Watering Heaven Synopsis:
What would you do if you found out your girlfriend laid an egg every time she had sex? Who would you be if you were invited to a party in Beijing but had to make up a brand-new identity for six weeks?
Peter Tieryas Liu’s Watering Heaven is a travelogue of and requiem for the American dream in all its bizarre manifestations and a surreal, fantastic journey through the streets, alleys, and airports of China. Whether it’s a monk who uses acupuncture needles to help him fly or a city filled with rats about to be exterminated so that the mayor can win his re-election bid, be prepared to laugh, swoon, and shudder at the answers Liu offers in this provocative debut collection.
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Watering Heaven by Peter Tieryas Liu is a collection of 20 stories ranging from 2 to 17 pages in length. This collection is an eclectic mix of profundity with surrealism and the avant-garde.
“Words should have gravity. If you can’t get arrested for a word, it probably isn’t worth using.”
Watering Heaven has one of the most arty and edgy book trailers I have seen. It perfectly reflects the essence of the collection. I consider many of the storylines modern manifestations of eastern myth and folklore. Resonant themes include the superficiality of society and the obsession with career to the detriment of our own happiness and the well-being of our loved ones.
This collection contains numerous examples of Peter Tieryas Liu’s original and imaginative descriptions of both places and people. From this wonderful evocation of Beijing in ‘Forbidden City Hoops’,
I fell in love with Beijing’ eccentricities the moment I landed, the lavish landscape of skyscrapers intermingling casually with the ancient hustings and decrepit apartments. It all seemed like part of the canvas of a brilliant beatnik engineer suffering delusions of petulance, never satisfied, always proud. Flaws weren’t pariah here; foibles were badges of character, not something to be brushed away in Photoshop.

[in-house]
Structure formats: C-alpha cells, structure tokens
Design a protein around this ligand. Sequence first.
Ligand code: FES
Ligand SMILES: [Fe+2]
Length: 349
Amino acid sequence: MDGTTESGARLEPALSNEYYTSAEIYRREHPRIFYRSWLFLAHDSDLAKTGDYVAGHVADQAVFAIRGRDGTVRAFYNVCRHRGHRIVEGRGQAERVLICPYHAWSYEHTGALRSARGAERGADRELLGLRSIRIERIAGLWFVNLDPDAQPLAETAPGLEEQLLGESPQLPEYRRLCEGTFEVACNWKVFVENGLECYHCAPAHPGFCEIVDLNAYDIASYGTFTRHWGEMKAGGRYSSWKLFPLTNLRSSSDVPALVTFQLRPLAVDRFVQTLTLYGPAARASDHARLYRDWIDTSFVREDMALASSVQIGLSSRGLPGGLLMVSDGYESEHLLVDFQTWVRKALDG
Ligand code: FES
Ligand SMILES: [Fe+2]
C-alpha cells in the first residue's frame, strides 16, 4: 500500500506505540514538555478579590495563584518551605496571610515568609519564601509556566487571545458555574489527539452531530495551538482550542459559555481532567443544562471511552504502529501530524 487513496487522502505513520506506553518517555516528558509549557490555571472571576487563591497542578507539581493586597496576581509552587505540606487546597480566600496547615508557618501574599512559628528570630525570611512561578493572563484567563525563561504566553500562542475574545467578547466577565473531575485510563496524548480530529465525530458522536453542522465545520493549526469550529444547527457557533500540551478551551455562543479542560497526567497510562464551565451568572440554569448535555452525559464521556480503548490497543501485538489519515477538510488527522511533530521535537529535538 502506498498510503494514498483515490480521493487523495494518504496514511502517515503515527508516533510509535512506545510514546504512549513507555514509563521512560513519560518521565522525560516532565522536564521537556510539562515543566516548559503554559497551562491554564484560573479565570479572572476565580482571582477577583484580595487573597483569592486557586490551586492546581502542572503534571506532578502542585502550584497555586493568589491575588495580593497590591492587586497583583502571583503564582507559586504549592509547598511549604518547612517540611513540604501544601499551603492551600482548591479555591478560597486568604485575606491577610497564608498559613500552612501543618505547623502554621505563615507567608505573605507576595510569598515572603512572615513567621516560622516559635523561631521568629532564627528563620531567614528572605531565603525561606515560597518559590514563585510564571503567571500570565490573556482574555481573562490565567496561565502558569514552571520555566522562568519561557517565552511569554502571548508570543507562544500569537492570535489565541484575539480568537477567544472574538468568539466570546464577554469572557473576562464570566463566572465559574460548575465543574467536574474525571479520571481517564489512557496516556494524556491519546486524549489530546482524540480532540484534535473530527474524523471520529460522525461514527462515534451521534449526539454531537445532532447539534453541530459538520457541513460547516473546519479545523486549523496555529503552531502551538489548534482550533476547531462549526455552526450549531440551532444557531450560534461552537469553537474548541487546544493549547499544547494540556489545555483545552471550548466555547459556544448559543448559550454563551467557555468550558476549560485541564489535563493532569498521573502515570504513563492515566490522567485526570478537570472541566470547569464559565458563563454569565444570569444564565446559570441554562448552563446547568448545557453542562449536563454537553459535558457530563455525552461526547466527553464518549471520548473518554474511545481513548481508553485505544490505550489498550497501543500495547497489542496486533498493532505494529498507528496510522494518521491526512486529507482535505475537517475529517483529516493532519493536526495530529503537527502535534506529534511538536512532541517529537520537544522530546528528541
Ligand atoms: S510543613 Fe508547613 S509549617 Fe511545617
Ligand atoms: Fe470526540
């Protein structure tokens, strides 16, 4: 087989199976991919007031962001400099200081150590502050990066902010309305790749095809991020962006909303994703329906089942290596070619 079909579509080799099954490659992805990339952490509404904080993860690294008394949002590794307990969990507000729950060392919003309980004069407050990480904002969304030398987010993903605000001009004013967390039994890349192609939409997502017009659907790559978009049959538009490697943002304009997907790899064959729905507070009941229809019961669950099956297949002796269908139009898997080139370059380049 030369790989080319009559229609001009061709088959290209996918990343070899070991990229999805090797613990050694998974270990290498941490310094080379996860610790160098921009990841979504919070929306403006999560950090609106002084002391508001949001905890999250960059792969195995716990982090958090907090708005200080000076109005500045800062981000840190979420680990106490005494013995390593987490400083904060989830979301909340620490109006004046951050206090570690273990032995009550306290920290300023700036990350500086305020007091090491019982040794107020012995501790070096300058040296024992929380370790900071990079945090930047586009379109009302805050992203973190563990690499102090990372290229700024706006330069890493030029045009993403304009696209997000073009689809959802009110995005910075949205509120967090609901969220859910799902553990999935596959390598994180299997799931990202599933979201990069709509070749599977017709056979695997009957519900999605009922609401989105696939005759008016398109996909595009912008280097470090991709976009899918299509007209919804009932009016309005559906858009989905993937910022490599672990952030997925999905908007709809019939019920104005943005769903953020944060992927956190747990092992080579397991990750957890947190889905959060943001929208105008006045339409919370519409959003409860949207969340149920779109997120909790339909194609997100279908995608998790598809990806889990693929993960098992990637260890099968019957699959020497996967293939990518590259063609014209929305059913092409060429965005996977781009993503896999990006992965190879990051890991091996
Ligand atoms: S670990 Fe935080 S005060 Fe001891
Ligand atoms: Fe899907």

to lyricism such as this within ‘The Buddha of Many Parts’,
I could feel the cartography of my bitterness etched into the mountain ranges of envy, see all my life clear as a film flash and how crudely incomplete it was.
Watering Heaven is recommended for voyeurs of the written word.
As is probably clear, I enjoyed Peter Tieryas Liu’s prose in Watering Heaven immensely, but in some instances I found the story content less successful. The stories borne from conflict between the merging of the Chinese and American cultures and about living in the moment and finding love in the most unlikely and inopportune places really struck a chord with me. When the positive sentiments of the beauty of living in the moment veered into fatalism, resulting in suicide (on multiple occasions), I was left feeling deflated. For this reason I recommend reading this collection over time, rather than in a single sitting like I did.
Due to their edgy subject matter and surreal elements, I think the short stories in Watering Heaven have greater impact in isolation. I am however very grateful a collection of these works has been published, because if it had not the artistry of author Peter Tieryas Liu would not have been brought to my attention.
BOOK RATING: The Story 3.5 / 5 ; The Writing 4.5 / 5 — Overall 4
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Genre: Short Stories, Sci-Fi-Fantasy, Drama, Romance, Mystery, Literature
About the Author, Peter Tieryas Liu
Peter Tieryas Liu has almost 200 publications in magazines and journals including Adirondack Review, anderbo, Bitter Oleander, Bookslut, Camera Obscura Journal, decomP, Evergreen Review, Gargoyle, Indiana Review, Kartika Review, Prism Review, Toad Suck Review, Word Riot, and ZYZZYVA, and was the recipient of the 2012 Fiction Award from Mojo, the magazine run by Wichita State University. He has also worked as a technical writer for LucasArts, the gaming division of LucasFilm. You can find him at his website… as well as travelling the world with his wife. Checkout Peter Tieryas Liu’s official website.
* Receiving this title free from Signal 8 Press did not impact my ability to express my honest opinions in the review above.